Another feature of the present invention is the ability to use a consistent level of abstraction data by non-object oriented applications that are integrated into enterprise-wide real-time object oriented systems. This aspect of the invention is provided by a single, unified object model supported by the object server, and by interfacing non-object oriented applications through application cells. A single object model stores information from both object-oriented and non-object-oriented applications as common data. Interface with non-object oriented applications is taken by the application cell. An application cell is defined by the programmer and holds the interface to the functional entities of a non-object oriented application. The system developer defines an application cell to interface with the enterprise and presents entities to the personal agent framework via the presentation cell.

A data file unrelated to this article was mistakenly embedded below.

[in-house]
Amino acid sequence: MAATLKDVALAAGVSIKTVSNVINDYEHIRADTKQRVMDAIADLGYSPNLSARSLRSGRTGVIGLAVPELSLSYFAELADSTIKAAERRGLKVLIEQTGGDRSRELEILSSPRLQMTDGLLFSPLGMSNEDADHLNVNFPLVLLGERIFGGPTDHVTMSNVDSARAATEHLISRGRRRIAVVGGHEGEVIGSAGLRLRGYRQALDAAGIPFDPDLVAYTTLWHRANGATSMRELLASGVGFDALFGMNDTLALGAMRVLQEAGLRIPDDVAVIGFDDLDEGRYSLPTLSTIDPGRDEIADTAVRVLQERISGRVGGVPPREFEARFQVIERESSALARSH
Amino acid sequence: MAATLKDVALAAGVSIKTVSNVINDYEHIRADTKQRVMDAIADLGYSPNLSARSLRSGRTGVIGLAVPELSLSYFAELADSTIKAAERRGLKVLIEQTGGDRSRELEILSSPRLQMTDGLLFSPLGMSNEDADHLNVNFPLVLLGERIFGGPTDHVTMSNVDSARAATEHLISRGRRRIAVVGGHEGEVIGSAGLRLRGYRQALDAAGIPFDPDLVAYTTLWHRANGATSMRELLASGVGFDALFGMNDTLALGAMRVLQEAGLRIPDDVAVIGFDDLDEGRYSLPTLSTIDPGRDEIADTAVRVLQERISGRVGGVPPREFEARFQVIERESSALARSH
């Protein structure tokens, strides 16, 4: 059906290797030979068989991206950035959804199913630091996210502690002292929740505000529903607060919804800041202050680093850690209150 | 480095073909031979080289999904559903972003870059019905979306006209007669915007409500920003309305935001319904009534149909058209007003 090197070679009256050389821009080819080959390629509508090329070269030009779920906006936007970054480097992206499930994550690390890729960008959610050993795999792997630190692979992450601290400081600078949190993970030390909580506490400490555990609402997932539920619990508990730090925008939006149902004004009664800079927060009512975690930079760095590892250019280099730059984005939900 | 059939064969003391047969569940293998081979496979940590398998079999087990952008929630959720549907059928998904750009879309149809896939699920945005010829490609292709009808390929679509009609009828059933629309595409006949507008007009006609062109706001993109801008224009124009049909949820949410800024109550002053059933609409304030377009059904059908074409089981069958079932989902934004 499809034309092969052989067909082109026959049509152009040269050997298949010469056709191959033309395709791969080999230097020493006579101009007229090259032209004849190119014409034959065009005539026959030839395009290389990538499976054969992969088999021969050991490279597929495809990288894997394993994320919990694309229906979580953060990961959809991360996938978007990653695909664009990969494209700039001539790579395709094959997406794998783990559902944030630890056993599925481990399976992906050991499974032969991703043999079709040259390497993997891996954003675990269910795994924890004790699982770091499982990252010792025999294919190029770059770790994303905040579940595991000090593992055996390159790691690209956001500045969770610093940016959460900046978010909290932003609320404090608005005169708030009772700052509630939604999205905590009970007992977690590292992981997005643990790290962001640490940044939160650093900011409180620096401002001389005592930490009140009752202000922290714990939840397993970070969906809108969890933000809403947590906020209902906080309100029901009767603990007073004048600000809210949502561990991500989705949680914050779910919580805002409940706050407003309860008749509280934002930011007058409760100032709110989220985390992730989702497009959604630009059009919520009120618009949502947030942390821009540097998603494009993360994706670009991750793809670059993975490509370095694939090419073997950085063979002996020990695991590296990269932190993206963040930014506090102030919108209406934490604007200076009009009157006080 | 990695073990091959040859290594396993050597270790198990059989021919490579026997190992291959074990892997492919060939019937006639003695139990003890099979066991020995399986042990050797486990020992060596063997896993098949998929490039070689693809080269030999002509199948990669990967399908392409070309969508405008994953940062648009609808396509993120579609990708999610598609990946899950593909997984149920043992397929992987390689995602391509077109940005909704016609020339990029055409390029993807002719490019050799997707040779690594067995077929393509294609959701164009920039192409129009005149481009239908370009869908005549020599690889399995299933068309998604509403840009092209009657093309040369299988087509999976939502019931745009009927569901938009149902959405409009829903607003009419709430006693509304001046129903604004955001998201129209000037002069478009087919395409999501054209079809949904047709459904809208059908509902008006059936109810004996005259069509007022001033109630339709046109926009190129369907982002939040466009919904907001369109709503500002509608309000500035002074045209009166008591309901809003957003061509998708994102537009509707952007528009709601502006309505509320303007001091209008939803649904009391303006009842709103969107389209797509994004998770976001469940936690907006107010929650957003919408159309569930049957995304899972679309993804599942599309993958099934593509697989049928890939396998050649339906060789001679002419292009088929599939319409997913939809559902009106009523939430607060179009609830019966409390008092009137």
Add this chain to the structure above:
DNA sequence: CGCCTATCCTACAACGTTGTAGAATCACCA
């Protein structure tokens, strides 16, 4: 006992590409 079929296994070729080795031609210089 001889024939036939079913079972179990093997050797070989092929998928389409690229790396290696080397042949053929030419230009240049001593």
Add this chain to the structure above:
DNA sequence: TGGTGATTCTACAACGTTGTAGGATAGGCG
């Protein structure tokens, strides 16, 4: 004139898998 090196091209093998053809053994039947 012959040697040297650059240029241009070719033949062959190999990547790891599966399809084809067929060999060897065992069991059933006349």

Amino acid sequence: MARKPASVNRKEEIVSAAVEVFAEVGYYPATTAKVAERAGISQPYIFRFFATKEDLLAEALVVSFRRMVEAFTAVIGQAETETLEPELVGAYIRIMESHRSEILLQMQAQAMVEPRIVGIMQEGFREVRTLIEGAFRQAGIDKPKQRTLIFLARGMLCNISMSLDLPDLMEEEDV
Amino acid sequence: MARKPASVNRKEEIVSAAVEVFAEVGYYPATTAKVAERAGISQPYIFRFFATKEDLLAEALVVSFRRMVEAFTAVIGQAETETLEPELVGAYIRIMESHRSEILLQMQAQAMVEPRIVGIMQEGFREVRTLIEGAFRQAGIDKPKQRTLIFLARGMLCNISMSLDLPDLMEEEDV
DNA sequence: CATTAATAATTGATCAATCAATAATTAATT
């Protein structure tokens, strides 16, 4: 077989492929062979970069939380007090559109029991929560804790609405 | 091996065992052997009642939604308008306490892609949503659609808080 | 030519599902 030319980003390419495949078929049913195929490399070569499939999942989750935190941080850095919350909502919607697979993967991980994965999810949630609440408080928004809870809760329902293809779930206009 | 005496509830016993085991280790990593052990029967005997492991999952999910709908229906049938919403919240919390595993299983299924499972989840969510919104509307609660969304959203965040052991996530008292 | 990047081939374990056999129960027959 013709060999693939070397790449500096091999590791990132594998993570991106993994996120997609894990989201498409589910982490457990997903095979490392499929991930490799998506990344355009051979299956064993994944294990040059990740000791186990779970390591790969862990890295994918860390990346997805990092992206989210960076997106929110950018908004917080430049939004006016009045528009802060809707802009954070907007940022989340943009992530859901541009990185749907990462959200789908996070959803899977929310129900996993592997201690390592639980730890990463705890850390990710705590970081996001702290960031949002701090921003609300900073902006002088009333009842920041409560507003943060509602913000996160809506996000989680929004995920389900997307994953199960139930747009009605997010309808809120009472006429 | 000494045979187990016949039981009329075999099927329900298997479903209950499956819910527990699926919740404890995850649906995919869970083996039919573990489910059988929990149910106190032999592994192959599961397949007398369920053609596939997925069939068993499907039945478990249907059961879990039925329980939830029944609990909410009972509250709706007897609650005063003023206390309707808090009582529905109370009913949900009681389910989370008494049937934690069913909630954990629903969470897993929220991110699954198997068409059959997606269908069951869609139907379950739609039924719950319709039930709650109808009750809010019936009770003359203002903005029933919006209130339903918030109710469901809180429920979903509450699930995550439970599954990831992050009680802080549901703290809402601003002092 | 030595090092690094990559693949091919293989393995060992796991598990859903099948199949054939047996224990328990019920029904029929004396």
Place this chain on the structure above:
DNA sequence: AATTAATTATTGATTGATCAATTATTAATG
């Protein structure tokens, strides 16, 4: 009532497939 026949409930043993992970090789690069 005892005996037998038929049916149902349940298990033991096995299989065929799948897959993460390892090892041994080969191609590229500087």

Thus, the present invention substantially enhances existing methods for implementing real-time object-oriented systems. Detailed Description of Embodiments of the Invention System Architecture Referring now to FIGS. 2 and 3, the software architecture of one embodiment of the invention and the schematic data flow and application configuration of an exemplary dedicated SCADA application are shown. It is shown. The software architecture provides a framework for application development, which includes two sub-frameworks, a virtual application service 200 and a personal agent framework 208. Here, the framework means an application development environment that provides a rich set of classes and objects that enable flexible application construction. The virtual application service 200 includes a communication gateway 202, an application cell base 204, and an object server 206. The personal agent framework 208 includes a personal agent layer 300, a presentation cell layer 302, and a service agent layer 304. The virtual application service 200 communicates with an external device network 216 and provides communication with various distributed field devices 218 and control applications 220. Field device 218 and control application 220 are collectively referred to herein as "control points." The virtual application service 200 runs primarily on a central host computer, while the personal agent framework runs on a remote computer. However, it is entirely possible to run both the virtual application service 200 and the personal agent framework 208 on either a host or a remote computer.